Earth is a big place. It’s full of topographic variety—mountains, deserts, jungles, plains, and cities. And its people are as varied as the landscapes. We worship differently. We eat differently. We love and hate, live and die, differently. Our respective mythologies and customs define who we are, both as groups, but also as individuals. “I’m Italian”. “I’m an American.” “I’m a Mormon.” “I’m a Utahan.”
But we are all more alike than we are different.
We all want the same things: happiness, joy, success. We may define those things differently, but then, that’s the point. My happiness may not be your happiness. And that’s just fine. Indeed, our various definitions of joy and happiness are the source of the wonderful variety that makes life so interesting, so livable. Without the freedom to identify and ally ourselves with various groups (or not), we’d live in a world from science-fiction dystopian fatalism.
Of course, life on Earth is not picture-perfect. There is war, famine, and disease, and countless other events that make life difficult and tragic. And yet, we persist. We adapt. We endure. We are Earth’s greatest renewable resource. And we have learned to survive and thrive, despite the harsh realities of mortality.
People are not always very good company. But we’re all we have.
As I stood on the streets of New York City recently, I watched people from every nation on the planet come and go. Everyone was in a hurry. Everyone was going somewhere. To and fro. Back and forth. There was a certain rhythm to the mass movements of the crowd—stop, go, stop go. The noise of the city became music, and the passersby, dancers in an elaborate, well-rehearsed performance. The best show on Broadway is Broadway.
It was difficult to separate the individuals from the crowd. But as I watched, I began to see faces. Emotions. People. People with ambitions and dreams, fears and concerns. The coming and going was rote. But the face of each person revealed the thoughts that occupied their heads. There were people who were sad, angry, depressed. And others who were hopeful, optimistic, energetic. There were Jewish faces, Arab faces, white, black, and brown faces, and faces of every shade in-between. Some of the people spoke English, and others, languages I couldn’t understand. But there we were, millions of people from every imaginable corner of the Earth, walking down the same street, at the same time, pursuing our happiness as best we could.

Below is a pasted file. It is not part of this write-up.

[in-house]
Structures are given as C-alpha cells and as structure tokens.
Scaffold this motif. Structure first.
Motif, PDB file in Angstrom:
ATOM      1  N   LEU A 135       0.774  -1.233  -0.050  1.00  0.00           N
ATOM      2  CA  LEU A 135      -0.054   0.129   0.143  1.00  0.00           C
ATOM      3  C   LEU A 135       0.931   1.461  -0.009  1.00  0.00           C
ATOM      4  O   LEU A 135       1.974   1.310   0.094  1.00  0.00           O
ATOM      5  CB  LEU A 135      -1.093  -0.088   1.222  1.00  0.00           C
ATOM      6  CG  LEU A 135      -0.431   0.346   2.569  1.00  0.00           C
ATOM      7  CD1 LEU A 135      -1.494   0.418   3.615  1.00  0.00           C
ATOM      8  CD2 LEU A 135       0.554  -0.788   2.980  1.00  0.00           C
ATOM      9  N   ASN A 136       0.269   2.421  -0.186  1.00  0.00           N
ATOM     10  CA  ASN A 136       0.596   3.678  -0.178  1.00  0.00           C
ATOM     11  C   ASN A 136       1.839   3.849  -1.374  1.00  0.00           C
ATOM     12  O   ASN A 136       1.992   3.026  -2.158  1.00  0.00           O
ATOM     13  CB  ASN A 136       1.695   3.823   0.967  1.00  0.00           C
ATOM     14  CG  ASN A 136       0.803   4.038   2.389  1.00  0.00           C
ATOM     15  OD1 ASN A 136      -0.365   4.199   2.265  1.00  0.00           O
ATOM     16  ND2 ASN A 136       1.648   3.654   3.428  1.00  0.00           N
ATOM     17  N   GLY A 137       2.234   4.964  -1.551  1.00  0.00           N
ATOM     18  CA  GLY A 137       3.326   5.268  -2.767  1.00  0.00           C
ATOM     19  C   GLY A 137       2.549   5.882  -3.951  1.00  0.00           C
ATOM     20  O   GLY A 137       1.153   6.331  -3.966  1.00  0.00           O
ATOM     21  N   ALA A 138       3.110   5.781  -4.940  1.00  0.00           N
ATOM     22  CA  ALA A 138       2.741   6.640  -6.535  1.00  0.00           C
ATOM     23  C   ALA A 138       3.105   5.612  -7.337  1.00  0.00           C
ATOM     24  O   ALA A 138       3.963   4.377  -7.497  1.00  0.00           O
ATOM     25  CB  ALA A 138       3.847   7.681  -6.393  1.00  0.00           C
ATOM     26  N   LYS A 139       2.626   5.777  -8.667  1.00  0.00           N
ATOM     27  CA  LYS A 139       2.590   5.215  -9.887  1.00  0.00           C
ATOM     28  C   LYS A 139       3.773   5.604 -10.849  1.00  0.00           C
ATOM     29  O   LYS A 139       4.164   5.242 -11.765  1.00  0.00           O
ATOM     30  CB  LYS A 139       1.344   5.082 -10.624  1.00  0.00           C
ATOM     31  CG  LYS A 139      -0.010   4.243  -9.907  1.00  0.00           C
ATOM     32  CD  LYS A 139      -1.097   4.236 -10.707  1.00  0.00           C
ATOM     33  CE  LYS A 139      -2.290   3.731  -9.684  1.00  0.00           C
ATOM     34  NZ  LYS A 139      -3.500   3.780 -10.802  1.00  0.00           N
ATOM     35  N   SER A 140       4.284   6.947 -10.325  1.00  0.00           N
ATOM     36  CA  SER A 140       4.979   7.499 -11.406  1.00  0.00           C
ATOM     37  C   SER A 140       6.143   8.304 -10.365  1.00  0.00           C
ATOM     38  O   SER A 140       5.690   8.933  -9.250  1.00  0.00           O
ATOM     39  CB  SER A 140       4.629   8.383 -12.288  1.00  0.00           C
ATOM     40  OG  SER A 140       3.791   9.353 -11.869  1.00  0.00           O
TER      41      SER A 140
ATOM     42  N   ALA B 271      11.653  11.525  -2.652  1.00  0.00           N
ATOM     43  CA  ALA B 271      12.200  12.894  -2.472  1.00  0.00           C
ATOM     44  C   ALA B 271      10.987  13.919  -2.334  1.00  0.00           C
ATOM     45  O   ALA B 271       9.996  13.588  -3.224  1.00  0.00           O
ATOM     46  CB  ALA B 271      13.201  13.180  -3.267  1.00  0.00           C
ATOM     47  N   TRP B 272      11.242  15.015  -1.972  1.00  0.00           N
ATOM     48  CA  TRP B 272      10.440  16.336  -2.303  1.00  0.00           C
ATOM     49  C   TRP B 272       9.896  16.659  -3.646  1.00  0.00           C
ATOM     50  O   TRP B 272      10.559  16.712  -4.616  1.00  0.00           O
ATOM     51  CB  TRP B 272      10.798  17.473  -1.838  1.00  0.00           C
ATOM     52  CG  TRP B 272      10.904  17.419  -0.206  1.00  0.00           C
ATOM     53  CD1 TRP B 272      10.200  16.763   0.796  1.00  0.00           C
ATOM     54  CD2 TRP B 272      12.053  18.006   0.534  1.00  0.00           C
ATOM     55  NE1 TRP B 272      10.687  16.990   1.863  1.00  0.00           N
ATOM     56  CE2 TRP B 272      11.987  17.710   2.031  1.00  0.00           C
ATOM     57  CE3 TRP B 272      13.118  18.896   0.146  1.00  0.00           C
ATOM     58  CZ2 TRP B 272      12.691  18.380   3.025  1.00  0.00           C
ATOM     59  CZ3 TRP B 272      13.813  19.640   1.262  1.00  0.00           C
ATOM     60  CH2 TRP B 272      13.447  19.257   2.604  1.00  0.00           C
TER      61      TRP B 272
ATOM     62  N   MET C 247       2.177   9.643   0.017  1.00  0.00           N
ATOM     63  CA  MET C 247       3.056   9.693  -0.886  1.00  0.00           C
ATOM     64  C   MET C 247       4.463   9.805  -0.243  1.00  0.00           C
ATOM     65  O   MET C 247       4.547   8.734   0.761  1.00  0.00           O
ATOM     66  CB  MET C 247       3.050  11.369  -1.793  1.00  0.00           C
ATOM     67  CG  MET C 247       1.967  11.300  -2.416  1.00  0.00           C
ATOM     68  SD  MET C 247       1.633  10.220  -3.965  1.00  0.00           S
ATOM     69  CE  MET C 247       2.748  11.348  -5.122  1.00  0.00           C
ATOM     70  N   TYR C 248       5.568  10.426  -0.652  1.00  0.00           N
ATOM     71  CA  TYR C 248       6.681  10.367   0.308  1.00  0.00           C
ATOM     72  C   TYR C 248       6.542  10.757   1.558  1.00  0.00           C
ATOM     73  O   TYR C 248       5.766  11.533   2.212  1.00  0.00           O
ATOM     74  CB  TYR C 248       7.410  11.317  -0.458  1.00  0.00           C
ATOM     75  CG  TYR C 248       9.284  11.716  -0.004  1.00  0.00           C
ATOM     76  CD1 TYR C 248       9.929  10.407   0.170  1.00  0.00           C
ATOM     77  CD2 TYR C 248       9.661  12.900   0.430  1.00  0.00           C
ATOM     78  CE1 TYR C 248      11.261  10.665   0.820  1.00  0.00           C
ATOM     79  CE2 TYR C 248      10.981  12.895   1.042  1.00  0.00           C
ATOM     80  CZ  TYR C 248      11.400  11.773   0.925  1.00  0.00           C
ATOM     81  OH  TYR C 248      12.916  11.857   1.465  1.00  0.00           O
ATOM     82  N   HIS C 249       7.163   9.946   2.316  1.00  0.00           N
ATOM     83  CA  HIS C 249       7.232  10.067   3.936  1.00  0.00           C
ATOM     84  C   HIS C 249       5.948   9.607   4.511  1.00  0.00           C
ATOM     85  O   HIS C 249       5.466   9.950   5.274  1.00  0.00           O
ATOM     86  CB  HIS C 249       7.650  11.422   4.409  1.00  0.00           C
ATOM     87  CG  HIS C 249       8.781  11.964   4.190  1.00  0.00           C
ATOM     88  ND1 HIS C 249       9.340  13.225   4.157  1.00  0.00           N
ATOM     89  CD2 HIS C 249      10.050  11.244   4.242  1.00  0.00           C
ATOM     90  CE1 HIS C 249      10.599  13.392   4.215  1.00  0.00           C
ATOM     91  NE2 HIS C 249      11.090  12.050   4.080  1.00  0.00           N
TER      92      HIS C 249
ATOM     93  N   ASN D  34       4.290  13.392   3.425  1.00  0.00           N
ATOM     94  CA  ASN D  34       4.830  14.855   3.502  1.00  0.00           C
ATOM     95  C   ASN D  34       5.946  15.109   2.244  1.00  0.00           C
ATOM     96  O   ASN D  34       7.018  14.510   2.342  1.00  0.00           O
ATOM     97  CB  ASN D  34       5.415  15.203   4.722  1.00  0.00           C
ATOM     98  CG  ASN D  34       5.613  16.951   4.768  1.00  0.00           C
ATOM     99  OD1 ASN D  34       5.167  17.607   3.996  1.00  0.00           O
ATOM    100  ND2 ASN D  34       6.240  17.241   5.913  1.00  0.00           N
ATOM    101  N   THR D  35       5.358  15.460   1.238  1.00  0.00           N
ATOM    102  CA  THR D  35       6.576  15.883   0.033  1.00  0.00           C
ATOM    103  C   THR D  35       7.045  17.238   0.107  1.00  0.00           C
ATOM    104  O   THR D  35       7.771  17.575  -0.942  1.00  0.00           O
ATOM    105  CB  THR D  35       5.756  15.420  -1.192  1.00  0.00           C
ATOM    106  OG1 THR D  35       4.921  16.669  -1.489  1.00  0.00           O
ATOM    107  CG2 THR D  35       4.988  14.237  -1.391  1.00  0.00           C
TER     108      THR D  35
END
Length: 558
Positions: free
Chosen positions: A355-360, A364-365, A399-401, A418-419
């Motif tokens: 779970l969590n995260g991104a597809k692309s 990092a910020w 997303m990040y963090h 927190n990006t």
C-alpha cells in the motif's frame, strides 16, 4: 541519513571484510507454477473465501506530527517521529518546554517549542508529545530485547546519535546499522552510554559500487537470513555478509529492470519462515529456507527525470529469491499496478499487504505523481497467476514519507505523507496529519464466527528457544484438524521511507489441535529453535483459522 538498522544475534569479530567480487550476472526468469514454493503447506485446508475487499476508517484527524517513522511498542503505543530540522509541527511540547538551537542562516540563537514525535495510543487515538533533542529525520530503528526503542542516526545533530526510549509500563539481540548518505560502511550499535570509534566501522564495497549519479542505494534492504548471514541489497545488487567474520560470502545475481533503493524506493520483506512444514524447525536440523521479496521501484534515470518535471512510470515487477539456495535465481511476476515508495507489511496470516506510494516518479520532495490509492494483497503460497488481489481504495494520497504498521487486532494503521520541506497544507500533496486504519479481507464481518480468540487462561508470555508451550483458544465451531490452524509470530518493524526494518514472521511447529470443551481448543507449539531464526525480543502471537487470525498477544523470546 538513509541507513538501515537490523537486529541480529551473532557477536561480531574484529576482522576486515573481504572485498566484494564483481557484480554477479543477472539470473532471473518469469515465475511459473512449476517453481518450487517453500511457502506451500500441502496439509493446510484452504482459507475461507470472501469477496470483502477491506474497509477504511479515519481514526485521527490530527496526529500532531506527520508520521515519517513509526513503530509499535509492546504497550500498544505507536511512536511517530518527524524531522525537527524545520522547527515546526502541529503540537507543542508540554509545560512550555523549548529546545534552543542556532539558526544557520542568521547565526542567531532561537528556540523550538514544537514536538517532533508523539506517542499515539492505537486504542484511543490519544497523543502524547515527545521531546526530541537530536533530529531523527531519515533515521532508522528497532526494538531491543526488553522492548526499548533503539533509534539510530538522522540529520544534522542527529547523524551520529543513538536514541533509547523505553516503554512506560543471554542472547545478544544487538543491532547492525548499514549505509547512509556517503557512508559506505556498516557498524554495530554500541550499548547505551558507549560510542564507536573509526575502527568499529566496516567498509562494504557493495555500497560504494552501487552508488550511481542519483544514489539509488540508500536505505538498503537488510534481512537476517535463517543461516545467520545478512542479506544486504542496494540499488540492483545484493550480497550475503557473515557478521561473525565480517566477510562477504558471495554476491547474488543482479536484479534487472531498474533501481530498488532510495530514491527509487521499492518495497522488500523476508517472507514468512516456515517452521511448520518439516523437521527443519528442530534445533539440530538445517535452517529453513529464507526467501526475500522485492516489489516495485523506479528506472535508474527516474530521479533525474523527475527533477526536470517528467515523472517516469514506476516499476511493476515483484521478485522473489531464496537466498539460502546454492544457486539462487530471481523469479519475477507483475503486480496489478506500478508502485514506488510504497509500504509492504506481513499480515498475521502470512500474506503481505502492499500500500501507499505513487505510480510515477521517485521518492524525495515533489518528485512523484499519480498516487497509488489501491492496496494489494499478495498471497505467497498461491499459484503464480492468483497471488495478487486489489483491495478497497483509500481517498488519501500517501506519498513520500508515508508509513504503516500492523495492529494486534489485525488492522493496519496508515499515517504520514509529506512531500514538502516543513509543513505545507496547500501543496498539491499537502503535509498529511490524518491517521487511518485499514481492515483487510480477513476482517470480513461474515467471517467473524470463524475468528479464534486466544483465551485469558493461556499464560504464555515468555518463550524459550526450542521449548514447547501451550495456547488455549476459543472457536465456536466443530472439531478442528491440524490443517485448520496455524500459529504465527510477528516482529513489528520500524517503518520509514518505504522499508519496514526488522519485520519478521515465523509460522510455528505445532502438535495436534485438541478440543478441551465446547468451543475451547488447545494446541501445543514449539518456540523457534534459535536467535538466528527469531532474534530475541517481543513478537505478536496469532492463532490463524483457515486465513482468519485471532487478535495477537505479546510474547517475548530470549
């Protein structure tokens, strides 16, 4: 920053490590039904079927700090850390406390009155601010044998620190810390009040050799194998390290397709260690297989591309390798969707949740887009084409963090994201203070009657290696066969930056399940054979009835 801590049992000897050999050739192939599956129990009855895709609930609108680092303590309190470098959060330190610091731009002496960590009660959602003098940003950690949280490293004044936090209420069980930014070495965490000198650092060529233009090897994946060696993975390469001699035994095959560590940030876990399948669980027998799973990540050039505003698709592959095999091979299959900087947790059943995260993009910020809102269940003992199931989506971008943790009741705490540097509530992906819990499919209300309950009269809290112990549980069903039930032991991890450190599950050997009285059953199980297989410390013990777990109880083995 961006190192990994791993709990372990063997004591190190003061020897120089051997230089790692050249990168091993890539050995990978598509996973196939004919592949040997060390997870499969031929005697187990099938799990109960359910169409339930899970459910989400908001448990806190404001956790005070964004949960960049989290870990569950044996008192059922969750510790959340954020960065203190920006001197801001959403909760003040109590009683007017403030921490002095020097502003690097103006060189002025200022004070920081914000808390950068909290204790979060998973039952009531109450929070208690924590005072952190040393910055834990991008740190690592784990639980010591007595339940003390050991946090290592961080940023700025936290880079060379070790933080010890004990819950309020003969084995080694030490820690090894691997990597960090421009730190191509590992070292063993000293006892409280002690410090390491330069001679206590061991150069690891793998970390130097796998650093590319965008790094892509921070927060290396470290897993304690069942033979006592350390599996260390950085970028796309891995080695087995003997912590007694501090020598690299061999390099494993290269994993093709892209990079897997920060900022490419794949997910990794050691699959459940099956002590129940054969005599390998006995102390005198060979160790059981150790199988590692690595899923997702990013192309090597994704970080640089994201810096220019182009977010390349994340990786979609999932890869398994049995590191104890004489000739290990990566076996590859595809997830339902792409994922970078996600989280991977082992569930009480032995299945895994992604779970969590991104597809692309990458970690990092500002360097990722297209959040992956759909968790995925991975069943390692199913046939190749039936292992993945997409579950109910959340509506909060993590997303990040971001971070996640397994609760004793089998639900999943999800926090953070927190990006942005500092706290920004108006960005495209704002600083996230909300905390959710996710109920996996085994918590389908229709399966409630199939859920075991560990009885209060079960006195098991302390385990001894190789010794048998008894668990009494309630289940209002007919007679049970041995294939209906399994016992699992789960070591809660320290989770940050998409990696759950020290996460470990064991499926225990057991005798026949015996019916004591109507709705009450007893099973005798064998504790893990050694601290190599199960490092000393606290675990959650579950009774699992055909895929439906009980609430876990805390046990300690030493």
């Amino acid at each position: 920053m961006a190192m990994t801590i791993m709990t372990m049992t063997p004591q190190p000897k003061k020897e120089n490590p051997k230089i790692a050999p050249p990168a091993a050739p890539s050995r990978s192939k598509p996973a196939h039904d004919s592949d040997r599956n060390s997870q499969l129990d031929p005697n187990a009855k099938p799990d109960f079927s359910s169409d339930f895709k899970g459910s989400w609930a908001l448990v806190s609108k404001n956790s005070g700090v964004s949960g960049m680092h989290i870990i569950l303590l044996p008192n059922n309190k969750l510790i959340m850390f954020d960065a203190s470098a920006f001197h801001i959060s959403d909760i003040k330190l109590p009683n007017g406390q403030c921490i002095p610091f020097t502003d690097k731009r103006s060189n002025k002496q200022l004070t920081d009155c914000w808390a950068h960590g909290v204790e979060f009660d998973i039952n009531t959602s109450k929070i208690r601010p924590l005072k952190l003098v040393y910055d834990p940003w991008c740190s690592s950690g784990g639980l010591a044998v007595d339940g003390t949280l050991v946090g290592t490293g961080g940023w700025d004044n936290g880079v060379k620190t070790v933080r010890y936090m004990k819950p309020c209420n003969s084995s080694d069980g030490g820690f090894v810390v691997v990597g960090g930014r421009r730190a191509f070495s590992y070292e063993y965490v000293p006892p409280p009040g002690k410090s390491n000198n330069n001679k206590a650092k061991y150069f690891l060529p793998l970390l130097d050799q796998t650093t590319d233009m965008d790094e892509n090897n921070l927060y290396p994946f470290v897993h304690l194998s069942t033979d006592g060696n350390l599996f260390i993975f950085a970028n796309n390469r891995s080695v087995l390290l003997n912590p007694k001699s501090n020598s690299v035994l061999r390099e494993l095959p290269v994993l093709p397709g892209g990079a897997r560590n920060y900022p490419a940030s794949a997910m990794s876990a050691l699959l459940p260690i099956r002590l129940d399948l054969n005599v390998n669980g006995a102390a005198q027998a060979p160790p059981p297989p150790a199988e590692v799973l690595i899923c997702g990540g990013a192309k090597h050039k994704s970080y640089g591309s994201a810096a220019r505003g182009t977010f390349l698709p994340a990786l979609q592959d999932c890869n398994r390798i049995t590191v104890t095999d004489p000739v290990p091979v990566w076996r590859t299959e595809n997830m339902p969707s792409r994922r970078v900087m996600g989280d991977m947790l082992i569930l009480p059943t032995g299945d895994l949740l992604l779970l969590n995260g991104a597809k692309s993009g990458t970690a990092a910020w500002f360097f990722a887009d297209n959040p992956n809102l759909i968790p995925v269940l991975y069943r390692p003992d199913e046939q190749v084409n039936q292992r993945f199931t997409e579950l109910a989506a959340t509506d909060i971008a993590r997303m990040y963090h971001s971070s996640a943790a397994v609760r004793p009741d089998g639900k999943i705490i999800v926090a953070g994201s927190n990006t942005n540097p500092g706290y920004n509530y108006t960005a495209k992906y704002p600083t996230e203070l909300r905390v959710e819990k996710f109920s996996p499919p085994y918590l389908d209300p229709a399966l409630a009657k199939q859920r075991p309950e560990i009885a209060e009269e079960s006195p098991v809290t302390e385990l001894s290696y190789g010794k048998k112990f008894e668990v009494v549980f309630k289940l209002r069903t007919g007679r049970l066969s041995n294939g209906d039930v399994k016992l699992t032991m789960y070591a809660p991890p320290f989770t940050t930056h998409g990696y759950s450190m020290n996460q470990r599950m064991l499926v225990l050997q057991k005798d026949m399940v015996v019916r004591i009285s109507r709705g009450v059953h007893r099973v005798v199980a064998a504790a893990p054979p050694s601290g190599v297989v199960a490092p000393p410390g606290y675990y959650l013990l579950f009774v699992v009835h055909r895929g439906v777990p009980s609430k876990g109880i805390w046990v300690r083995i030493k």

It was beautiful.
Lindsey Kelk wrote that “New York is made up of millions of different people, and they all come here looking for something”.
Whatever that something is, New York has it. Fame, fortune. Anonymity, simplicity. New York has everything. Everything except horizon-bending skies and thick stillness.
After a few days in the city, I was ready to come back to the silence of the deserts and mountains. I was ready to come home to the “traffic” of Salt Lake City and the alpenglow of Wasatch sunsets. I longed to return to my place in the world, and continue the hunt for that “something” that we are all looking for. But before I came home, New York City stole a little bit of my heart. And after I returned, I missed the neurotic energy, the eternal motion, and the rhythmic noise of Manhattan. I missed the cascade of faces and the chorus of New Yorkers—tourists and residents alike.
Earth is a big place. But not so big that we can’t appreciate each other, and all the wonderful variety that we each provide. Living in the West helped me feel overwhelmed and thrilled in the city. And coming home reaffirmed my love for the vastness of Utah’s strange landscapes.
Being among so many people reminded me that despite our differences, we are all quite alike.